This is an insightful article about what’s wrong with Google as compared to Amazon, Microsoft, Apple, and Facebook.
This actually reminds me of the difference between organic and engineered designs:
Organic or biological designs are reusable designs from the ground up. They accommodate the needs of the environment because of the generality of the architecture. They don’t pretend to solve just a narrow problem.
Architectures like biology that lead to general intelligence (i.e. like you) are from the ground up built from reusable components that encourage combinatorial mixing opportunities. One can never correctly guess the needs of the environment (i.e. market).
The opposite of generalization is pre-mature optimization. A company that has is genesis as a one-product company has a bias toward optimizing the entire stack. As a consequence, it compromises reusability and thus shuts of future opportunities for evolution.
The opposable thumb is shared by a common ancestor of the great apes and humans. However, apes have optimized for strength and not dexterity. As a consequence, lost this capability and thus further shut themselves off to an evolution path of higher intelligence.
The human jaw is weaker than apes because humans lost an important gene. However, the consequence of a weaker jaw was a jaw that was more flexible. Thus leading eventually to a richness in vocalization.
A key architectural feature for survival in the biological world is the reusability of the underlying components. All biological life shares the same nucleotides (4) and proteins (21). Evolution has somehow consolidated its design into a reduced instruction set (RISC) computer.
A second architectural feature is that biology is continuously testing its components. The above article points to the practice of eating your own dog food. One cannot achieve reusable components if these components are not subject to demanding environmental demands.
What persists in biology are those components that prove to be ubiquitously useful. Those that do not have an evolutionary path that is fragile and can at any time be replaced by a more useful alternative. Biology is continuously error-correcting for reusability.
Darwin’s Theory of Evolution is commonly understood as a natural selection for environmental fitness. That is the goal of the species is to survive. However, this interpretation glosses over the fact that survival exists at a multitude of scales.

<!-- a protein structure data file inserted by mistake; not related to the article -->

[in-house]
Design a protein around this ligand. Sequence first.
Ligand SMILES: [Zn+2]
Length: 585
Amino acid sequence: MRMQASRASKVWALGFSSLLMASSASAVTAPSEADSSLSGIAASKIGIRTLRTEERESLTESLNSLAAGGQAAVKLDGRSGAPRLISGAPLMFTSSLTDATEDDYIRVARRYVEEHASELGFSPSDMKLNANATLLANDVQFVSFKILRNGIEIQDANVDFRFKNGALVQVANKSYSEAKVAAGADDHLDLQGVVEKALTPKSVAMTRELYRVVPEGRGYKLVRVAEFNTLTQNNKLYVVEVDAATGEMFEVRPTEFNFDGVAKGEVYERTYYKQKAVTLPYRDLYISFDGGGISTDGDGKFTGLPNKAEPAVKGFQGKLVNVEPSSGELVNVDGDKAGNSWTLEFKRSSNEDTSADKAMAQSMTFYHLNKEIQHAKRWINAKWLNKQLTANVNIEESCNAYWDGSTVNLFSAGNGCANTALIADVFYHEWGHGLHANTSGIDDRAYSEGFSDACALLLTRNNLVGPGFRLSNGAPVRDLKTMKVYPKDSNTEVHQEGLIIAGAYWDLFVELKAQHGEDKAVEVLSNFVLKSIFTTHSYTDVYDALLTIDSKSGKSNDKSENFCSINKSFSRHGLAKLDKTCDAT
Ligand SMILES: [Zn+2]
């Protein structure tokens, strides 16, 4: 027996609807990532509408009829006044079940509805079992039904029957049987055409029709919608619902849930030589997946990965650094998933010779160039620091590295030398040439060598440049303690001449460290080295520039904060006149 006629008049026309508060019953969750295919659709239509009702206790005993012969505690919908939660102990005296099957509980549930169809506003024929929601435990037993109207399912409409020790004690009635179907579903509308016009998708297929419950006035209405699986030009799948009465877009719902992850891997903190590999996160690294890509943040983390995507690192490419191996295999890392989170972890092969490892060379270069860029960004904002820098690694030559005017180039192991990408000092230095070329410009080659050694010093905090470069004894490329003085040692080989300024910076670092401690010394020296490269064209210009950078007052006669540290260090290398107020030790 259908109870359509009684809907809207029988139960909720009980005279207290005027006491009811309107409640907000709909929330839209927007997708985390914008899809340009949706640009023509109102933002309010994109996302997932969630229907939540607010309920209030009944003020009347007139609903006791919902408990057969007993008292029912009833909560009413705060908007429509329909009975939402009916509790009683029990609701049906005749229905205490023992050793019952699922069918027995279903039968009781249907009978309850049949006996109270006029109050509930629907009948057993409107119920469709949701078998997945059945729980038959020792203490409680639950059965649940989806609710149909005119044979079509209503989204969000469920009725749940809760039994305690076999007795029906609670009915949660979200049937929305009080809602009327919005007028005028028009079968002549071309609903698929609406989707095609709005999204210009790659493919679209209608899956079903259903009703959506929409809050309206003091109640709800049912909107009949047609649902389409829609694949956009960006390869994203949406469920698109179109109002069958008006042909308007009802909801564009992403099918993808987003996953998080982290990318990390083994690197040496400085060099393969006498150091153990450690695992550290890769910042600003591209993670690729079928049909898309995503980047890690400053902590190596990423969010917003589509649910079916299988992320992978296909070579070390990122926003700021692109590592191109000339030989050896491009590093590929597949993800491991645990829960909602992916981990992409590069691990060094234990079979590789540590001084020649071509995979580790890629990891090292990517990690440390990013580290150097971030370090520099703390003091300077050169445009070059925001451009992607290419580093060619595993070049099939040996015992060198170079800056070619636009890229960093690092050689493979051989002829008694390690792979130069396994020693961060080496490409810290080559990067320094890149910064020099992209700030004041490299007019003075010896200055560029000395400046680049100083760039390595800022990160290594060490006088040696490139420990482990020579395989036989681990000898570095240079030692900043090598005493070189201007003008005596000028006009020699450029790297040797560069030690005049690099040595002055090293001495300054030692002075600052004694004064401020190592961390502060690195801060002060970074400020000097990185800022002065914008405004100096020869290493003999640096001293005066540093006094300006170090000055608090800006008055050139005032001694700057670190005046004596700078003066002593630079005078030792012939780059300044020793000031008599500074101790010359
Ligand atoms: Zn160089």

There is a constant competition of what gets propagated by a species DNA. An organism is engulfed by a multitude of bacteria and viruses that are also propagated to a species offspring. Parts of an organism are in a constant battle against alternative parts from its environment.
Humans lost the ability to produce vitamin C because of the abundance of fruits in the environments of human ancestors. The body does not have to create things that might be readily available in the environment.
Evolution thus is not a constant struggle for survival as a reading of Darwin may have implied. Rather, it is a constant struggle for usefulness. Every part of biology must justify its existence by revealing its usefulness.
Evolution is a story not of fitness, but rather of relevance.
Humanity is a story not of human survival but rather a story of human relevance to the universe.
Relevance is enabled by what David Deutsch @DavidDeutschOxf described as reach. The reach that is available to computation, biology, language and human explanatory capabilities is driven by the universality of it underlying components.
Reach is enabled by the interplay of the first principles of modularity.
The openendedness of the universe, the fact that the future has yet to be invented requires a mechanism to invent the unknown. This is a generative model that reformulates what is available from the knowledge of the past, to invent an entirely novel future.
Being relevant implies being useful to the other. A human individual seeks relevance to their societies and perhaps to the larger humanity. We however have to ask then, how does the entire humanity seek relevance to the entirety of the universe?
My only answer at this time is our immense responsibility to ensure we get past the ‘Great Filter’. Given our lack of evidence of any other existing intelligent life in the universe, we must assume that we might be the only ones and therefore that responsibility is unimaginable!